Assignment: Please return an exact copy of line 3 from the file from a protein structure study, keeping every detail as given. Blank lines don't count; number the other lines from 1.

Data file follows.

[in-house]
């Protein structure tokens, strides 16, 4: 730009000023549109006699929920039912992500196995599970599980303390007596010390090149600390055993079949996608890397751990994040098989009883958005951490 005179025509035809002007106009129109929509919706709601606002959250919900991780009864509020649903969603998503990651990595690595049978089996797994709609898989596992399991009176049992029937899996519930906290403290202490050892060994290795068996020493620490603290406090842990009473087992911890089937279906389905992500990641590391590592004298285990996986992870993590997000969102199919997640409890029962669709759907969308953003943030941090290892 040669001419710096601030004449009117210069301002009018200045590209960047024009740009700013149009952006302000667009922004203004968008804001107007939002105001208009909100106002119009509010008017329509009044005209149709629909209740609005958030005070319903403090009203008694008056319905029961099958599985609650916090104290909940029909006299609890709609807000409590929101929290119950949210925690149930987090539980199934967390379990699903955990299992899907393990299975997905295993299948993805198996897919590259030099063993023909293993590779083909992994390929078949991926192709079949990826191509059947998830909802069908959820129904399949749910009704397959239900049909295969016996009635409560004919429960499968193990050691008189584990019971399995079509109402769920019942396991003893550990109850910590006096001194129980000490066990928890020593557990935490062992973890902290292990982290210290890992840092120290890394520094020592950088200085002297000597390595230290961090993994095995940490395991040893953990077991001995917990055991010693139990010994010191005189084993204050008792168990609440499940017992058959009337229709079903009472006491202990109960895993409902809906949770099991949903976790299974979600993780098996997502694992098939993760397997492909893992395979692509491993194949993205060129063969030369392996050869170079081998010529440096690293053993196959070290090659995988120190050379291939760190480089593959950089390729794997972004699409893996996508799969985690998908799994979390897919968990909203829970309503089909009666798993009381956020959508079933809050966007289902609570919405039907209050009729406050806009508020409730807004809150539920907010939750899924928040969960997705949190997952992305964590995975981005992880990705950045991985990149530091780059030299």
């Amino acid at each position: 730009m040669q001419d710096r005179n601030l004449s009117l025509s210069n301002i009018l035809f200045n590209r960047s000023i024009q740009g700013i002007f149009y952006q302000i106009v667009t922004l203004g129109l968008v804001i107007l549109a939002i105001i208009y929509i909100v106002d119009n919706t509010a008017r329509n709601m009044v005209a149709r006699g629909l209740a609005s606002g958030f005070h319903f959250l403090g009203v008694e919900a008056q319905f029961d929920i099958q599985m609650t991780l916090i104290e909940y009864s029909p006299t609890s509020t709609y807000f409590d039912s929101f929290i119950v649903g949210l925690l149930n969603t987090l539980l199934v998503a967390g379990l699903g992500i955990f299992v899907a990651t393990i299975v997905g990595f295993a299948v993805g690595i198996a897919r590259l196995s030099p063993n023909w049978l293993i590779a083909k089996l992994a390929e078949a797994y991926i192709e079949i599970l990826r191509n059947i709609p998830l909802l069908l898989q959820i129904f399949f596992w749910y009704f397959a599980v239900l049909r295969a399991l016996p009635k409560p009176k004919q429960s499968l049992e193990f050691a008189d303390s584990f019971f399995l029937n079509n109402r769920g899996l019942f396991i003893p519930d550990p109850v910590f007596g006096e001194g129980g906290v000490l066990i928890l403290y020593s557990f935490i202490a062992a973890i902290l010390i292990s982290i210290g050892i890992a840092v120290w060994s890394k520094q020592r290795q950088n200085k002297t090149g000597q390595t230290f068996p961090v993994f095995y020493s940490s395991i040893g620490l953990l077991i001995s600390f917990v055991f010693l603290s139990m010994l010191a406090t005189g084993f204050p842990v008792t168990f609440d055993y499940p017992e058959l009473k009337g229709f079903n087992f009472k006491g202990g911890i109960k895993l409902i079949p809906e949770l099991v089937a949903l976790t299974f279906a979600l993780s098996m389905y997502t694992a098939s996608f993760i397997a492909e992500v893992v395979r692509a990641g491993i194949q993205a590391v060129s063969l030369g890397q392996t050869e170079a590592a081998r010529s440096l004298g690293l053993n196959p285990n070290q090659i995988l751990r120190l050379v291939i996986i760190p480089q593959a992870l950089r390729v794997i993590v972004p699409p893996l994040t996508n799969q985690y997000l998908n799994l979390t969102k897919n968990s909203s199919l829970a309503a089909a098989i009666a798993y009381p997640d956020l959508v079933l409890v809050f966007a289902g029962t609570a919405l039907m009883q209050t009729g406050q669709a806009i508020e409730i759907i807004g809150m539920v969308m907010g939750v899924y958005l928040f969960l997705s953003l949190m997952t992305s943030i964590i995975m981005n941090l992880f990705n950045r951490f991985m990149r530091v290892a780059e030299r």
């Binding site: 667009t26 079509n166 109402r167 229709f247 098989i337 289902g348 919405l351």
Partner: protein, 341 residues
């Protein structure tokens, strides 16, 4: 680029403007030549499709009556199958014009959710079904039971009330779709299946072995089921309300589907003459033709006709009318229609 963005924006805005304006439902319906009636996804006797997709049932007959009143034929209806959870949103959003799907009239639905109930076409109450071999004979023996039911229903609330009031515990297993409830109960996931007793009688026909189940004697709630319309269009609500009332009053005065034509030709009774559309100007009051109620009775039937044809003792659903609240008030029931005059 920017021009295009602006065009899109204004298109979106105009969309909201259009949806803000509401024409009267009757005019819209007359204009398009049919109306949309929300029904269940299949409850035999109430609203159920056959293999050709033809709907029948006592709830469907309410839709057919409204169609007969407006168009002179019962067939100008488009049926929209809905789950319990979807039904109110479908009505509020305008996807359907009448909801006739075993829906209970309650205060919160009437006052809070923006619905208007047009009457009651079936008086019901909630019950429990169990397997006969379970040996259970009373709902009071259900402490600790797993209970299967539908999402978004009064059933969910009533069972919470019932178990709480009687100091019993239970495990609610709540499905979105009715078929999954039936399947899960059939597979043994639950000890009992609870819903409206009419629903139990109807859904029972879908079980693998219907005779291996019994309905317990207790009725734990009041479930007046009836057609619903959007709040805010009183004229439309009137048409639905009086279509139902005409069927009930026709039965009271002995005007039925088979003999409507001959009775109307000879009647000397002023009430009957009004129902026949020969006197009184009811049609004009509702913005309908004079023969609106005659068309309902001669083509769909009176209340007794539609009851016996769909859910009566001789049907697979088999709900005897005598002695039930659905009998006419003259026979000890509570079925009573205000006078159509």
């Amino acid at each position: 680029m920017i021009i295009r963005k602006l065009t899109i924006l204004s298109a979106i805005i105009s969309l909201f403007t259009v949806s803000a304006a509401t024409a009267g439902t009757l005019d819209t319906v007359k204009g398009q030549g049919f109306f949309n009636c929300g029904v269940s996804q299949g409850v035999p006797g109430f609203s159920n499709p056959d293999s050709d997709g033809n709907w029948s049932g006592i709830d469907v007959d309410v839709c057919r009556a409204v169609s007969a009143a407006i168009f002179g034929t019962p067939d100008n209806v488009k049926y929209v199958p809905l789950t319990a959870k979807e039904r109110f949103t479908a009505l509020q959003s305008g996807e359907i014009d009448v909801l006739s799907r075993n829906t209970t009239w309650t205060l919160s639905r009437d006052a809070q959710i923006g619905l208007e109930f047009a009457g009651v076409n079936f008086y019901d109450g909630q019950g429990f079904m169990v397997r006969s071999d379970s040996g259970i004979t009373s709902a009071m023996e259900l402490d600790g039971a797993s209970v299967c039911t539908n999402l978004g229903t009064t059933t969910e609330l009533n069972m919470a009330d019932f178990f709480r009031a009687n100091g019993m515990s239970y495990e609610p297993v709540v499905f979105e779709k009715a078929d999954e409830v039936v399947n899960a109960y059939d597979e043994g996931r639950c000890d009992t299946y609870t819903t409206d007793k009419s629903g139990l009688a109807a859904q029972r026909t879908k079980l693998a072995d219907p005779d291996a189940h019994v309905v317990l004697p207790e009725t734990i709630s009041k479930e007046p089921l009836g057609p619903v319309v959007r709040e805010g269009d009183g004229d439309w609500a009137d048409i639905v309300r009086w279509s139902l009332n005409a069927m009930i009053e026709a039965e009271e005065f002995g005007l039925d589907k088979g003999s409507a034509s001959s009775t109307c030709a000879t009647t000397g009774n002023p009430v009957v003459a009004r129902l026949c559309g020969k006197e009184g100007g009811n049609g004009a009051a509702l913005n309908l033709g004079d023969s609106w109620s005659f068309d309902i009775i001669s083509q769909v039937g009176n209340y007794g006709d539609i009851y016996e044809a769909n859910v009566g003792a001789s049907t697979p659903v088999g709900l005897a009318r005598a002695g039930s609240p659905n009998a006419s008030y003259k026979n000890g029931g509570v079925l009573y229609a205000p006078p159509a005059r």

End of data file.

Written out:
């Amino acid at each position: 730009m040669q001419d710096r005179n601030l004449s009117l025509s210069n301002i009018l035809f200045n590209r960047s000023i024009q740009g700013i002007f149009y952006q302000i106009v667009t922004l203004g129109l968008v804001i107007l549109a939002i105001i208009y929509i909100v106002d119009n919706t509010a008017r329509n709601m009044v005209a149709r006699g629909l209740a609005s606002g958030f005070h319903f959250l403090g009203v008694e919900a008056q319905f029961d929920i099958q599985m609650t991780l916090i104290e909940y009864s029909p006299t609890s509020t709609y807000f409590d039912s929101f929290i119950v649903g949210l925690l149930n969603t987090l539980l199934v998503a967390g379990l699903g992500i955990f299992v899907a990651t393990i299975v997905g990595f295993a299948v993805g690595i198996a897919r590259l196995s030099p063993n023909w049978l293993i590779a083909k089996l992994a390929e078949a797994y991926i192709e079949i599970l990826r191509n059947i709609p998830l909802l069908l898989q959820i129904f399949f596992w749910y009704f397959a599980v239900l049909r295969a399991l016996p009635k409560p009176k004919q429960s499968l049992e193990f050691a008189d303390s584990f019971f399995l029937n079509n109402r769920g899996l019942f396991i003893p519930d550990p109850v910590f007596g006096e001194g129980g906290v000490l066990i928890l403290y020593s557990f935490i202490a062992a973890i902290l010390i292990s982290i210290g050892i890992a840092v120290w060994s890394k520094q020592r290795q950088n200085k002297t090149g000597q390595t230290f068996p961090v993994f095995y020493s940490s395991i040893g620490l953990l077991i001995s600390f917990v055991f010693l603290s139990m010994l010191a406090t005189g084993f204050p842990v008792t168990f609440d055993y499940p017992e058959l009473k009337g229709f079903n087992f009472k006491g202990g911890i109960k895993l409902i079949p809906e949770l099991v089937a949903l976790t299974f279906a979600l993780s098996m389905y997502t694992a098939s996608f993760i397997a492909e992500v893992v395979r692509a990641g491993i194949q993205a590391v060129s063969l030369g890397q392996t050869e170079a590592a081998r010529s440096l004298g690293l053993n196959p285990n070290q090659i995988l751990r120190l050379v291939i996986i760190p480089q593959a992870l950089r390729v794997i993590v972004p699409p893996l994040t996508n799969q985690y997000l998908n799994l979390t969102k897919n968990s909203s199919l829970a309503a089909a098989i009666a798993y009381p997640d956020l959508v079933l409890v809050f966007a289902g029962t609570a919405l039907m009883q209050t009729g406050q669709a806009i508020e409730i759907i807004g809150m539920v969308m907010g939750v899924y958005l928040f969960l997705s953003l949190m997952t992305s943030i964590i995975m981005n941090l992880f990705n950045r951490f991985m990149r530091v290892a780059e030299r």